Recent amendments to the PIPEDA: the Privacy Commissioner’s Discretionary Investigation Powers

In order to improve internal operational efficiencies at the Office of the Privacy Commissioner (OPC) and to better serve Canadians, the Personal Information Protection and Electronic Documents Act (PIPEDA, the “Act”) has been amended. Some amendments have already been enacted, while others are forthcoming. The amendments are, in large part, a result of the five-year Parliamentary review of PIPEDA which is required by the Act.

We first reported on Bill C-28, which received Royal Assent on December 15th, 2010, in our Spring 2011 newsletter. Bill C-28 created a new regulatory regime to address online threats, such as spam and spyware. Two additional key amendments to PIPEDA were brought into force in April, 2011.

The Privacy Commissioner now has the discretionary power to decline to investigate a complaint, or to discontinue an investigation that is already underway.

Previously, the Commissioner was obligated to conduct an investigation of all written complaints that were filed with the OPC. Only under certain circumstances was the Commissioner allowed to decline to issue a report. Section 13(2) of the law set out the circumstances as follows:

(a) where an existing grievance or review procedure existed that the complainant should exhaust first;

(b) where other procedures existed that would be more appropriate for dealing with the complaint;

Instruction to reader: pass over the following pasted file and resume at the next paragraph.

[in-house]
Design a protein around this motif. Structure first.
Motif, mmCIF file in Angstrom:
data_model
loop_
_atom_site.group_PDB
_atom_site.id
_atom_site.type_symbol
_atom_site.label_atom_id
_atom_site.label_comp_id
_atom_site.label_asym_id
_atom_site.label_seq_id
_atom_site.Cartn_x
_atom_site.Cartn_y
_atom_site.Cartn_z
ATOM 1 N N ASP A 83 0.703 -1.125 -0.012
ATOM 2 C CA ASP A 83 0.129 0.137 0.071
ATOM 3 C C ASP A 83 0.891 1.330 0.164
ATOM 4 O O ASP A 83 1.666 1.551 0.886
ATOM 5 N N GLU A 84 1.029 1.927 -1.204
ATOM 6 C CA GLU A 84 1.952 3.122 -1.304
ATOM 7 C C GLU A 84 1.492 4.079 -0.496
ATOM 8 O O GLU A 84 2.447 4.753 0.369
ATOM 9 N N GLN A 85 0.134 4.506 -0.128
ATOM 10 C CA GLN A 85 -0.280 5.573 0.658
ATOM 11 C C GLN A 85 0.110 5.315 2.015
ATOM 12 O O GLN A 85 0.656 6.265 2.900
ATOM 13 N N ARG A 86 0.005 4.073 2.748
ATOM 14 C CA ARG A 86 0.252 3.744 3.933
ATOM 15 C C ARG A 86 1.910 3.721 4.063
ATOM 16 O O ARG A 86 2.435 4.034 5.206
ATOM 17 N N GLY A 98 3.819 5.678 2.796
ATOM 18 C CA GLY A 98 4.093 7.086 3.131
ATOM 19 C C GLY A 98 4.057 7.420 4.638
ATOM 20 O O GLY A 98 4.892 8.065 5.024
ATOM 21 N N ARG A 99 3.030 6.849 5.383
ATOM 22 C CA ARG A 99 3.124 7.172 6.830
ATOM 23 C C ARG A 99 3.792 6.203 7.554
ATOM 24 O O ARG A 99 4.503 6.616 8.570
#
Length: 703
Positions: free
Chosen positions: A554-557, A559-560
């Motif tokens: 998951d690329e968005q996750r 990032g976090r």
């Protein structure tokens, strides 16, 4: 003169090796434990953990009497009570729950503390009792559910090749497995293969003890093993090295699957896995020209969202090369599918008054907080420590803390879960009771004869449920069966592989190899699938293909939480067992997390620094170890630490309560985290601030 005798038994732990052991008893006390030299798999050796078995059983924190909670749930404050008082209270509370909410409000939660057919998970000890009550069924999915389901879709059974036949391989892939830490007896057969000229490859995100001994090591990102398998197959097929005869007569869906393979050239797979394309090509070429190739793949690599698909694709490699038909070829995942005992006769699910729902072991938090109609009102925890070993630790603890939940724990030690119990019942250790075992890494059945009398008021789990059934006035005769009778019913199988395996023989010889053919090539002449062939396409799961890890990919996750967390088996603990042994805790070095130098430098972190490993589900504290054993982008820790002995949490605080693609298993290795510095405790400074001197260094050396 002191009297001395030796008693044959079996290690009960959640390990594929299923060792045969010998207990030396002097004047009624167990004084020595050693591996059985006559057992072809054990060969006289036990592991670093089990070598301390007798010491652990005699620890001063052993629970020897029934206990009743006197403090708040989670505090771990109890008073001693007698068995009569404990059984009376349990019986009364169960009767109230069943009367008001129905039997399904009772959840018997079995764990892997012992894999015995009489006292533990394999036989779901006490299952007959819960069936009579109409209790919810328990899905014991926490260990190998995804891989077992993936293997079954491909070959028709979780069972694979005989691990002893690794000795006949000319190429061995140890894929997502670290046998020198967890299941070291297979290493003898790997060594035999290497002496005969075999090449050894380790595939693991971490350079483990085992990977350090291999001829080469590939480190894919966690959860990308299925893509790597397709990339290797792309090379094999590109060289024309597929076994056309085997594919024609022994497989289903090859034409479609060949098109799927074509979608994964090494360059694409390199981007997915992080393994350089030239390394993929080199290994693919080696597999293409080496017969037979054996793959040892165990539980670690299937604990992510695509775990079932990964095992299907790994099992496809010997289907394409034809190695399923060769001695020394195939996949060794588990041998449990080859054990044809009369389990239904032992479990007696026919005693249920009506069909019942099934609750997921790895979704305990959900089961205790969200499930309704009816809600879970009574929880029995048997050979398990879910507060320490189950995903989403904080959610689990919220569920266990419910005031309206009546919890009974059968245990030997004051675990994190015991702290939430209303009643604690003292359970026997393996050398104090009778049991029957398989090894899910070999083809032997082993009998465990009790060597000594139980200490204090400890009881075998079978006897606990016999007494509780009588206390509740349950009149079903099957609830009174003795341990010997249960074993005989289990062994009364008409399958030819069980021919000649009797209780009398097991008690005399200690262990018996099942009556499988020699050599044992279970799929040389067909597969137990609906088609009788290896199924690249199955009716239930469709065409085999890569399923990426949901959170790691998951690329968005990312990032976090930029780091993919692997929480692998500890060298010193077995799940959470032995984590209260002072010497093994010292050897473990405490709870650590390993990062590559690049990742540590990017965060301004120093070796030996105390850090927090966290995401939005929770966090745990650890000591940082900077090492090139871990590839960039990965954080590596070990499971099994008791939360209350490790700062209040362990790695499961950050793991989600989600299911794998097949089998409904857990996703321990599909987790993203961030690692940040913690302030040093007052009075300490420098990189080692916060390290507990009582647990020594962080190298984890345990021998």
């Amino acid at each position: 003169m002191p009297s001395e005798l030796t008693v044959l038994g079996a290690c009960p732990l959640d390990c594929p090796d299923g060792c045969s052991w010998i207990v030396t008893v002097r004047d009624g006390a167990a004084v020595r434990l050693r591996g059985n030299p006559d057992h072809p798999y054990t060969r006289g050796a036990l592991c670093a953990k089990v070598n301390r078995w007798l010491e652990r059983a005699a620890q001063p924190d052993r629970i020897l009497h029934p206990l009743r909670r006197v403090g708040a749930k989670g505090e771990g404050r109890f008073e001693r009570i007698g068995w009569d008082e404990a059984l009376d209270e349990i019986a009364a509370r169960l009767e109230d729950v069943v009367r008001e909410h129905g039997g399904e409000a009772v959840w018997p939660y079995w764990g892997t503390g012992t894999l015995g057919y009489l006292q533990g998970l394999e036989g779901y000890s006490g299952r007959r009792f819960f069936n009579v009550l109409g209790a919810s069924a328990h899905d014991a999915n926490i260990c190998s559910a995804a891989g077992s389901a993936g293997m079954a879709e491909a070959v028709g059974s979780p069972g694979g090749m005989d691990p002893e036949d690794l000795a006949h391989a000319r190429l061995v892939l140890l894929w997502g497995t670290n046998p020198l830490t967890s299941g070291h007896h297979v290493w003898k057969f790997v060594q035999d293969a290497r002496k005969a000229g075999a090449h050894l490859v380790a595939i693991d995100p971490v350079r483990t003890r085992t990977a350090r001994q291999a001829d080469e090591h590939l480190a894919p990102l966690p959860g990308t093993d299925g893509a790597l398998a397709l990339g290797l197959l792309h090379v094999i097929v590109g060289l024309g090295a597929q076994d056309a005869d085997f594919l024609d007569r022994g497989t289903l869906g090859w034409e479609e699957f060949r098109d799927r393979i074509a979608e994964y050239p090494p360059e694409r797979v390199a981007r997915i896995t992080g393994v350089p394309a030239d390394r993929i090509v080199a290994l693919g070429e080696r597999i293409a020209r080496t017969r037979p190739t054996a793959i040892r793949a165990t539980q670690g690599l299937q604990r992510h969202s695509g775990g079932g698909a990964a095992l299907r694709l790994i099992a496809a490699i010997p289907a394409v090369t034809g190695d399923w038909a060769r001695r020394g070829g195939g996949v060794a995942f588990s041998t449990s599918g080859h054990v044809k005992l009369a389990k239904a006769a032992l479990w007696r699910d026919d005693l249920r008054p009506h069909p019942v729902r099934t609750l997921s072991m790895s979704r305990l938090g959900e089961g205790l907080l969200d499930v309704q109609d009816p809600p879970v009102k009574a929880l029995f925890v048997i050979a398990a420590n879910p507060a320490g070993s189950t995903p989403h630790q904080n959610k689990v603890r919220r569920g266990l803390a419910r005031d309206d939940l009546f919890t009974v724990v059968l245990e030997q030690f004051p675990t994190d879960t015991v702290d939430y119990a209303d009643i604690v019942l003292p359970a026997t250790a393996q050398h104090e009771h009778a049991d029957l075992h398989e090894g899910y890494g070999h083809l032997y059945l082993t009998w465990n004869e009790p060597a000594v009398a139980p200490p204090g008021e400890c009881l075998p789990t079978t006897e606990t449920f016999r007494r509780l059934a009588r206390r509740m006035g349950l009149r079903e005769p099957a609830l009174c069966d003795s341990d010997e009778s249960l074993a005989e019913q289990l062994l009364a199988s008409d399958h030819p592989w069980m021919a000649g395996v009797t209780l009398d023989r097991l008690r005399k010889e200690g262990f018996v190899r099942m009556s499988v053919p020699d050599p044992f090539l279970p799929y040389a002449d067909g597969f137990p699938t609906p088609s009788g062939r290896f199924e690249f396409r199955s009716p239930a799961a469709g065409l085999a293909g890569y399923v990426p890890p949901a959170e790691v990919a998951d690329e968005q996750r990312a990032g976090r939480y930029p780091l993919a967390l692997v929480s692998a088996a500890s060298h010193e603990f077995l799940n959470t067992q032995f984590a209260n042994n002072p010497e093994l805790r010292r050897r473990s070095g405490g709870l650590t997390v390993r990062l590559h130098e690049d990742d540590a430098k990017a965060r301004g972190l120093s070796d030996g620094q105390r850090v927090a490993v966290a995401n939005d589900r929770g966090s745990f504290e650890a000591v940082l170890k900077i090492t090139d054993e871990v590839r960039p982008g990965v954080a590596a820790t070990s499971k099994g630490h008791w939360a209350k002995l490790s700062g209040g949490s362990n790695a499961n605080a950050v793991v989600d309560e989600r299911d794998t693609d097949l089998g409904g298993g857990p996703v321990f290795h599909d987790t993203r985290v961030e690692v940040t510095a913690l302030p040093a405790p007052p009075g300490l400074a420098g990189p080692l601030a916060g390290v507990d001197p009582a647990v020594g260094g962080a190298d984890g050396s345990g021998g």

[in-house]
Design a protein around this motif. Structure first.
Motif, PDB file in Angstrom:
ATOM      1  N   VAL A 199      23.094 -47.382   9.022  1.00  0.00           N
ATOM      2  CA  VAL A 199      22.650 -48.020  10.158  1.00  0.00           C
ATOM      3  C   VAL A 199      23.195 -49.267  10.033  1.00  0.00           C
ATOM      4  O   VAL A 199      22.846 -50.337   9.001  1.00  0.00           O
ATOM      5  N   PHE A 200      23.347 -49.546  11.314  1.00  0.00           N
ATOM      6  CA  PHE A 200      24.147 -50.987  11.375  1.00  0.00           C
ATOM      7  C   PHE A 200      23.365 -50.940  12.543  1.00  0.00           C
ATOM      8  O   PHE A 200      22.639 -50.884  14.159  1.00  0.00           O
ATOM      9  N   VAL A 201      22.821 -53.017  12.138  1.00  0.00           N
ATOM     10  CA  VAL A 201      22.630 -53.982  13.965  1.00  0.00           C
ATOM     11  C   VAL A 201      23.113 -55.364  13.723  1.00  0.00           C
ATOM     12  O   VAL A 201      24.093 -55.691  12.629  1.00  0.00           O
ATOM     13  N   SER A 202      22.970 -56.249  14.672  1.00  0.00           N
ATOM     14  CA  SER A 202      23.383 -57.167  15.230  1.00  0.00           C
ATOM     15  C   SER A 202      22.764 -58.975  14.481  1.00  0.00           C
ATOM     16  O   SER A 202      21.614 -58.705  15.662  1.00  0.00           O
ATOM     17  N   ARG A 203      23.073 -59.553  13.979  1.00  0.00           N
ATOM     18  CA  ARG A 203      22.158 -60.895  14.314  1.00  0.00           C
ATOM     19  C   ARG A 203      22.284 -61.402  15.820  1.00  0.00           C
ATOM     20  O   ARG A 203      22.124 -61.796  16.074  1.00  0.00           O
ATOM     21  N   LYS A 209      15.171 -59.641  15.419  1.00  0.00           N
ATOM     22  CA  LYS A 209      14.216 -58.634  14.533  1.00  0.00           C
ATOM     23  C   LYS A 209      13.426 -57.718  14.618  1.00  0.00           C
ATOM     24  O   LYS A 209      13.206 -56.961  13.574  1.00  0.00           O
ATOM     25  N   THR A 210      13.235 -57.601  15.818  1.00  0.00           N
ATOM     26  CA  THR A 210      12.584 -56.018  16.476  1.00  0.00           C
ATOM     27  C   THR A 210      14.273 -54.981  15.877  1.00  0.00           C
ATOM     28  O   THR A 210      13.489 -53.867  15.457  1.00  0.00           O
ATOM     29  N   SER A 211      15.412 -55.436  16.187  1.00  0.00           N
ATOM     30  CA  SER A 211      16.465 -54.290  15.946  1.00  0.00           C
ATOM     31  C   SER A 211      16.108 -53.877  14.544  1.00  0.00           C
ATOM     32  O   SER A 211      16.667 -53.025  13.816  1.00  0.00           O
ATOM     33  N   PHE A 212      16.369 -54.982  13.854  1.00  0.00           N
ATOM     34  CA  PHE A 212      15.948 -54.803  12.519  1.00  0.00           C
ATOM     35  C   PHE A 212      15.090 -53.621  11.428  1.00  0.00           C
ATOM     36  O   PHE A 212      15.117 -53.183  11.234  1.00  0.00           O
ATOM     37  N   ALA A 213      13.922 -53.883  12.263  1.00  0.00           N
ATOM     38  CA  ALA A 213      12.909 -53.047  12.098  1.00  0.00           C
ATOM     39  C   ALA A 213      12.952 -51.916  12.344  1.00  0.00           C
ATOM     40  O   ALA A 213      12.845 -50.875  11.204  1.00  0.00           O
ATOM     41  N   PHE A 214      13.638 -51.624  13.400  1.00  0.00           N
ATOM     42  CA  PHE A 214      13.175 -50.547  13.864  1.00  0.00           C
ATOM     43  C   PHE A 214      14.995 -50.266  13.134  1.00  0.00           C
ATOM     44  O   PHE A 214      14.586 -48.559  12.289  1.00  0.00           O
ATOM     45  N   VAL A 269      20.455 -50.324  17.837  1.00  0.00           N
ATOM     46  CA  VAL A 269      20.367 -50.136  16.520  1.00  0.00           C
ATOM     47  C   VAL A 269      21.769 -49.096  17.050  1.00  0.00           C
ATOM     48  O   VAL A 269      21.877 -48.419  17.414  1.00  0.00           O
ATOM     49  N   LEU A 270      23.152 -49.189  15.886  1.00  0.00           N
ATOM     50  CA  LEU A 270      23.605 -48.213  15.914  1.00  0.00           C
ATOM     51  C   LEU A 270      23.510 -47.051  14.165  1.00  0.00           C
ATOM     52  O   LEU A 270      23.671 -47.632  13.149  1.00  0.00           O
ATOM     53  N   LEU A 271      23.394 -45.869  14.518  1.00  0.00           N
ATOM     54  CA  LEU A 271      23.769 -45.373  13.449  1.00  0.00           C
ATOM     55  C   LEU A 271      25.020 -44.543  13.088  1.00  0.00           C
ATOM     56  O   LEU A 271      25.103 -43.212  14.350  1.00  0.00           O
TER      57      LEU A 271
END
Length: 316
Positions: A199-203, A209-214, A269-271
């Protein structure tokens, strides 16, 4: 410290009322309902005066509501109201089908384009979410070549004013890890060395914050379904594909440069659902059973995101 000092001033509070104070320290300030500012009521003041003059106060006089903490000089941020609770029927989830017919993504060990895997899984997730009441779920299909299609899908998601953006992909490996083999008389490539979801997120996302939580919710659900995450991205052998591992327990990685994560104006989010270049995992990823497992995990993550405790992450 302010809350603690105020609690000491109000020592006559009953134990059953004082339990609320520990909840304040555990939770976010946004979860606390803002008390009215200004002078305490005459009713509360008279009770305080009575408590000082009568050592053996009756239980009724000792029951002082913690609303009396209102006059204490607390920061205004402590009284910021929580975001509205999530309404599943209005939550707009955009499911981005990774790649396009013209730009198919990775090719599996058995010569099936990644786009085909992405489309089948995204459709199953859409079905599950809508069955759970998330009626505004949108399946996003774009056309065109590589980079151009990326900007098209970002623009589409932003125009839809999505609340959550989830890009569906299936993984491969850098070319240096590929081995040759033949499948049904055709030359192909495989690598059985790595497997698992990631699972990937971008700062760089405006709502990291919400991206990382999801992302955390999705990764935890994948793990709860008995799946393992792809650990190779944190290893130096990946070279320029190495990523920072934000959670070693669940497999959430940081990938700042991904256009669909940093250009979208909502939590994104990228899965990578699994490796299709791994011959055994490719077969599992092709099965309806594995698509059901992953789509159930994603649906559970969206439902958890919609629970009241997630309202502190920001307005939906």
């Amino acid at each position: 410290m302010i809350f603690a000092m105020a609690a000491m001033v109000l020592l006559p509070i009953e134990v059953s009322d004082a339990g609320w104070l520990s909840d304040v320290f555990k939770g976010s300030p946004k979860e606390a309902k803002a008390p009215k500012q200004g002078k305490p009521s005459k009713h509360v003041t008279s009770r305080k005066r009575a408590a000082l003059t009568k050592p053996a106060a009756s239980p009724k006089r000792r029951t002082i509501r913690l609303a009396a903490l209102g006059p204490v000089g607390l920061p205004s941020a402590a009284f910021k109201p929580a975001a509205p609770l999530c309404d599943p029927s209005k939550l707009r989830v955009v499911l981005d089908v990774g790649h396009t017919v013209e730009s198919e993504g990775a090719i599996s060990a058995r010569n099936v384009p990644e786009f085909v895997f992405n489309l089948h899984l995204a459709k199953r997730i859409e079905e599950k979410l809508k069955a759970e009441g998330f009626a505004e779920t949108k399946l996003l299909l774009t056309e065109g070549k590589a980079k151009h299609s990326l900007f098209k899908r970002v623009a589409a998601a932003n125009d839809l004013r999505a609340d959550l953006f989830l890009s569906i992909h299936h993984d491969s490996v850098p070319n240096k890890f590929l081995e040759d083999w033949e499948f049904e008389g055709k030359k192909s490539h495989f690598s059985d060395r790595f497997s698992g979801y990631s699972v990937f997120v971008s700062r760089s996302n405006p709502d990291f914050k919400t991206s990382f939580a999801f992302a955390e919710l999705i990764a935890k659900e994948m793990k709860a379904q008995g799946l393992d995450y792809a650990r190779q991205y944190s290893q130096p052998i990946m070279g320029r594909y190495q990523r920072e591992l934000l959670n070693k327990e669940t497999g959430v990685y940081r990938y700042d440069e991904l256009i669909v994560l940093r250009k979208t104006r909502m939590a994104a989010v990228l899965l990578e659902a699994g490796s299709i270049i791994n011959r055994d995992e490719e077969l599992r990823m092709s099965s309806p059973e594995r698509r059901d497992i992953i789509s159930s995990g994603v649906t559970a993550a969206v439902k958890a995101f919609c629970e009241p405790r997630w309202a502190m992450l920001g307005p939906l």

(c) where a report would not be useful, given the amount of time between when the complaint was filed and when the subject-matter of the complaint arose; and

(d) where the complaint was trivial, vexatious or made in bad faith.

Section 13(2) of the Act has been repealed and the Commissioner now has broader discretionary powers. The closing of a complaint can now be done in two scenarios:

1. where the Commissioner decides not to investigate, for the same reasons that existed under section 13(2); and

2. where the Commissioner decides to discontinue an investigation already underway, for the same reasons as set out in the former section 13(2).

The Commissioner’s discretion, however, has also been broadened to include additional circumstances, including:

  • where there is insufficient evidence;
  • where an organization has provided a fair and reasonable response;
  • where there is already an on-going investigation about the matter; and
  • where the matter has already been the subject of a report by the Commissioner.

The Commissioner also has the ability to reconsider the decision not to investigate where a complainant provides a convincing reason to do so. In the event of a discontinued complaint, a complainant can apply for relief under section 14 to the Federal Court.

In addition, the Commissioner is now empowered to enter into agreements with provincial privacy commissioners, as well as foreign authorities, in order to cooperate and share information. These amendments aim to increase the effectiveness of the OPC in dealing with

complaints. While the OPC previously had the ability to coordinate with provincial privacy commissioners, the new amendment extends this ability to foreign data protection authorities and permits the Commissioner to share information. Given that privacy issues can easily extend beyond borders, the amendments should enable the OPC to successfully address complaints involving cross-border data.

In addition to Bill C-28, the Parliamentary review of PIPEDA resulted in Bill C-29. We first reported on this Bill in our Fall 2010 newsletter. The Bill, which addresses the mandatory reporting of data breaches, personal information disclosure for the purposes of business transactions, and consent exceptions for employee information, died on the order paper earlier this Spring when the federal election was called. However, given the important subject matter, it is likely that these topics will be raised again in another Bill.

Bird Richard will continue to keep its readers apprised of further legislative developments.